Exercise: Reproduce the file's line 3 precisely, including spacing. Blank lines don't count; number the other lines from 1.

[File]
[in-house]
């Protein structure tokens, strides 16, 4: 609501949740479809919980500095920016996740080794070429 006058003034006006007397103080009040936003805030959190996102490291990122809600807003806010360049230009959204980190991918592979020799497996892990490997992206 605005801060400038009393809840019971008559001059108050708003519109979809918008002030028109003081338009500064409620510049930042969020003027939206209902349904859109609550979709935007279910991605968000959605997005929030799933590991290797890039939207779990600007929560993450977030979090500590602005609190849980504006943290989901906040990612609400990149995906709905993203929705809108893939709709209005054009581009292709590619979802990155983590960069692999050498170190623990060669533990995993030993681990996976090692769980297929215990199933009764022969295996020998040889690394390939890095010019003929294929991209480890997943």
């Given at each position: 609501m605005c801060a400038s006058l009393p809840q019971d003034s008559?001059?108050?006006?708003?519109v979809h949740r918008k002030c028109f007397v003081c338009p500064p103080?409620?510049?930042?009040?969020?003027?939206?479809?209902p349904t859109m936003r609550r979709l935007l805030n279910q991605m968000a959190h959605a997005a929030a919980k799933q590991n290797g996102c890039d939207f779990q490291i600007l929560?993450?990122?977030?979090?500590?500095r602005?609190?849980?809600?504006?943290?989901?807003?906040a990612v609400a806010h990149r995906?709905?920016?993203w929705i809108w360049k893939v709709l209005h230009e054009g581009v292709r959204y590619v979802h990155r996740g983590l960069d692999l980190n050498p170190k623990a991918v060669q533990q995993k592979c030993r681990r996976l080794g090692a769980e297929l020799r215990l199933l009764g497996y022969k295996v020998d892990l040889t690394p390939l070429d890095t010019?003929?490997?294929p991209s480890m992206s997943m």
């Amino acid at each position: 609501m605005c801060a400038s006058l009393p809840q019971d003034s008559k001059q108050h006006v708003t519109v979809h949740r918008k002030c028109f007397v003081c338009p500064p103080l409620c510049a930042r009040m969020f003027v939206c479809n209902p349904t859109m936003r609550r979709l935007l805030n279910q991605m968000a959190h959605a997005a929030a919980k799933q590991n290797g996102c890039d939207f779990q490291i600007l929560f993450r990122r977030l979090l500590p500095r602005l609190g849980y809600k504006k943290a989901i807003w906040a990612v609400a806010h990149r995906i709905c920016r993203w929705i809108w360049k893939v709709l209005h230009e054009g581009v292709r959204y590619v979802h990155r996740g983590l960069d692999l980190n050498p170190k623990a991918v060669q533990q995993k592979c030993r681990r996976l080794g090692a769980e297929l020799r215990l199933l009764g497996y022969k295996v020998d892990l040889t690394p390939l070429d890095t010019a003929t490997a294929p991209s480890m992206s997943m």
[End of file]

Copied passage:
């Given at each position: 609501m605005c801060a400038s006058l009393p809840q019971d003034s008559?001059?108050?006006?708003?519109v979809h949740r918008k002030c028109f007397v003081c338009p500064p103080?409620?510049?930042?009040?969020?003027?939206?479809?209902p349904t859109m936003r609550r979709l935007l805030n279910q991605m968000a959190h959605a997005a929030a919980k799933q590991n290797g996102c890039d939207f779990q490291i600007l929560?993450?990122?977030?979090?500590?500095r602005?609190?849980?809600?504006?943290?989901?807003?906040a990612v609400a806010h990149r995906?709905?920016?993203w929705i809108w360049k893939v709709l209005h230009e054009g581009v292709r959204y590619v979802h990155r996740g983590l960069d692999l980190n050498p170190k623990a991918v060669q533990q995993k592979c030993r681990r996976l080794g090692a769980e297929l020799r215990l199933l009764g497996y022969k295996v020998d892990l040889t690394p390939l070429d890095t010019?003929?490997?294929p991209s480890m992206s997943m």